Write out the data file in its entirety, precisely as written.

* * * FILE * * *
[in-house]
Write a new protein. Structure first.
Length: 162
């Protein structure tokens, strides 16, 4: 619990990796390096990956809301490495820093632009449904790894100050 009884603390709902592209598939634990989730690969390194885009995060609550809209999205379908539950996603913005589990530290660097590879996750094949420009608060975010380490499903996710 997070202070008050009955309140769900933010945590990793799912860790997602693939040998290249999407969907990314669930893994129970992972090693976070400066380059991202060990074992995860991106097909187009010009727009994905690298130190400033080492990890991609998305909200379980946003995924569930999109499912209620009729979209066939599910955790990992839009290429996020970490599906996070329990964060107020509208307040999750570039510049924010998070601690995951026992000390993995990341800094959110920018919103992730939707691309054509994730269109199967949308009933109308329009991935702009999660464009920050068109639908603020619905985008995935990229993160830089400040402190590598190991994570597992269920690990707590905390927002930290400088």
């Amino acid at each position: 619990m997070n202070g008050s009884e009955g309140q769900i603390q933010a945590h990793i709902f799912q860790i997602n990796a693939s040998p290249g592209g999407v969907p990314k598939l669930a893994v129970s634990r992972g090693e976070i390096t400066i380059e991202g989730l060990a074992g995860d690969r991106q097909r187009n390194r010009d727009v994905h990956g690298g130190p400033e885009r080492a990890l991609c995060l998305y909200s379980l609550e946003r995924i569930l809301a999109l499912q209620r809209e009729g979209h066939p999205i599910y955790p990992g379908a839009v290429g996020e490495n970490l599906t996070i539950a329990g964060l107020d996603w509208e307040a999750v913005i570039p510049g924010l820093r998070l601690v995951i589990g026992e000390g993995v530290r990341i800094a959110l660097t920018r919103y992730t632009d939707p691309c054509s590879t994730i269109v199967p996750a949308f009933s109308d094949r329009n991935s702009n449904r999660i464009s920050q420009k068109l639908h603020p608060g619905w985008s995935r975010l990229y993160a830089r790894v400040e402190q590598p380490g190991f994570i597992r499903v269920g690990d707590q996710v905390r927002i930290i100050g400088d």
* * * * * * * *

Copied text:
[in-house]
Write a new protein. Structure first.
Length: 162
């Protein structure tokens, strides 16, 4: 619990990796390096990956809301490495820093632009449904790894100050 009884603390709902592209598939634990989730690969390194885009995060609550809209999205379908539950996603913005589990530290660097590879996750094949420009608060975010380490499903996710 997070202070008050009955309140769900933010945590990793799912860790997602693939040998290249999407969907990314669930893994129970992972090693976070400066380059991202060990074992995860991106097909187009010009727009994905690298130190400033080492990890991609998305909200379980946003995924569930999109499912209620009729979209066939599910955790990992839009290429996020970490599906996070329990964060107020509208307040999750570039510049924010998070601690995951026992000390993995990341800094959110920018919103992730939707691309054509994730269109199967949308009933109308329009991935702009999660464009920050068109639908603020619905985008995935990229993160830089400040402190590598190991994570597992269920690990707590905390927002930290400088």
């Amino acid at each position: 619990m997070n202070g008050s009884e009955g309140q769900i603390q933010a945590h990793i709902f799912q860790i997602n990796a693939s040998p290249g592209g999407v969907p990314k598939l669930a893994v129970s634990r992972g090693e976070i390096t400066i380059e991202g989730l060990a074992g995860d690969r991106q097909r187009n390194r010009d727009v994905h990956g690298g130190p400033e885009r080492a990890l991609c995060l998305y909200s379980l609550e946003r995924i569930l809301a999109l499912q209620r809209e009729g979209h066939p999205i599910y955790p990992g379908a839009v290429g996020e490495n970490l599906t996070i539950a329990g964060l107020d996603w509208e307040a999750v913005i570039p510049g924010l820093r998070l601690v995951i589990g026992e000390g993995v530290r990341i800094a959110l660097t920018r919103y992730t632009d939707p691309c054509s590879t994730i269109v199967p996750a949308f009933s109308d094949r329009n991935s702009n449904r999660i464009s920050q420009k068109l639908h603020p608060g619905w985008s995935r975010l990229y993160a830089r790894v400040e402190q590598p380490g190991f994570i597992r499903v269920g690990d707590q996710v905390r927002i930290i100050g400088d």